• Developing and practicing a repertoire of appropriately assertive comments with which to politely turn down offers of a drink (or other substance) from someone (e.g., “Thanks, but I’ll just have a ginger ale, doctor’s orders!”).
  • Learning how to solve problems directly and effectively, rather than trying to drown out a problem by getting impaired, which only serves to worsen the problem.
  • Becoming conversant in the “pros and cons” of using alcohol and other drugs, versus the pros and cons of being sober, and being able to address distortions in thinking along the way.
  • Practicing the behaviors and attitudes of self-respect, including counteracting beliefs that otherwise undermine oneself and lead to helplessness and hopelessness (e.g., “I’m a bad person anyway, so I might as well mess up my life by using.”).
  • Utilizing healthy social support, such as 12-step fellowship (12SF) meetings, friends and family who support sobriety, and staying away from those who would undermine therapeutic goals.
  • Making lifestyle changes that support sobriety and self-efficacy, including having a healthy daily routine, refraining from cursing and raging, engaging in meaningful hobbies, and doing things that promote spirituality and serenity (e.g., yoga).

To provide accurate empathy to patients, and to ascertain the optimal combination of validation for the status quo versus action toward change, it is important for therapists to assess the patient’s “stage of change.” Some patients are quite committed to giving up their addictive behaviors, and thus are at a high level of readiness for change. Others are more ambivalent, and may waver in their willingness to take part in treatment. Similarly, patients who are uncertain about giving up drinking and drugging may present for treatment with the goal of “cutting back” on alcohol and other drugs. Such patients may disagree that they will need to eliminate their use of psychoactive chemicals, and may decide to leave therapy if the therapist insists that the goal must be abstinence. Of course, there are some patients who are remanded for treatment who otherwise would not seek treatment on their own. They may deny that they have a problem with alcohol and other drugs, and not truly engage in the therapy process at all. The therapist’s understanding of the patient’s stage of change will be vital in helping them know just how directive to be, without going too far for a particular patient to tolerate at a given time in treatment. This sort of sensitivity may allow therapists to get the maximum out of treatment with patients who are most motivated, while retaining less motivated patients in treatment until such time as they begin to feel more a sense of ambition in dealing with their problem.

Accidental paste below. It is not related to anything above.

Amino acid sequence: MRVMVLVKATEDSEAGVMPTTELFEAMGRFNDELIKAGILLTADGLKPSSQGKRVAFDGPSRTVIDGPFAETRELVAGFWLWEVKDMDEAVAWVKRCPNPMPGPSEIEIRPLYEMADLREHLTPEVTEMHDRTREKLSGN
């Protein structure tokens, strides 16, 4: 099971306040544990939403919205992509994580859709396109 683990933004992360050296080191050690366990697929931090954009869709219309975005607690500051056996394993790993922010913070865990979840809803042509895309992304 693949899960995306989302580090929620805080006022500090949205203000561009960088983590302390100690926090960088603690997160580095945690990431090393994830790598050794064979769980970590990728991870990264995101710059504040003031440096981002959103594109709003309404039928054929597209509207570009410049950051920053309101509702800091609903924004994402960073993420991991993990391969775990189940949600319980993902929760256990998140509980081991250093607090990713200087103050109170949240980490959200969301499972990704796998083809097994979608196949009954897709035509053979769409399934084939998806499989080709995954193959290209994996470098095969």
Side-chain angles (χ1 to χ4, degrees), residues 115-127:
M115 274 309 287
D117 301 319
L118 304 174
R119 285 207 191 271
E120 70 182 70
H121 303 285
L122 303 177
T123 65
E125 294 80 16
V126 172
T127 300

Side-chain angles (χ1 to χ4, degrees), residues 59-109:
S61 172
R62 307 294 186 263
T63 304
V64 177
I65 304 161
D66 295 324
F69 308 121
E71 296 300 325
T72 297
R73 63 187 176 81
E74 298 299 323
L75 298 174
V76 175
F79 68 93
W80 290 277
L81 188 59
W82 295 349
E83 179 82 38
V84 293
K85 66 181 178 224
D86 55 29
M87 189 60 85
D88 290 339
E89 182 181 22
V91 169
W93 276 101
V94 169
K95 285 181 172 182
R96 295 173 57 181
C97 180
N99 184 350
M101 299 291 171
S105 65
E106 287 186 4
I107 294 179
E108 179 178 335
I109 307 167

Cognitive therapy can be used in conjunction with supplemental treatments. For example, cognitive therapy can be woven into a comprehensive program in which patients (for example) take suboxone, and also attend 12SF meetings. Similar to advancements in the treatment of bipolar disorder and schizophrenia, where promise has been shown in combining cognitive therapy with pharmacotherapy, the study of best practices for alcohol and substance use disorders will probably involve more instances of coordinated care. For example, the strength of medication-based treatments that diminish the patients’ subjective desire for their drug(s) of choice can be paired with the strengths of cognitive therapy in modifying faulty beliefs and maximizing skill-building.

Empirical evidence indicates that cognitive therapy has the potential to be an efficacious treatment for alcohol and other substance use disorders, especially with adult patients who present with comorbid mood disorders, and with adolescents. However, improvements in the treatment approach still can be made, most notably via alliance-enhancement strategies that may improve retention in treatment, and more routine incorporation of the “stages of change” model.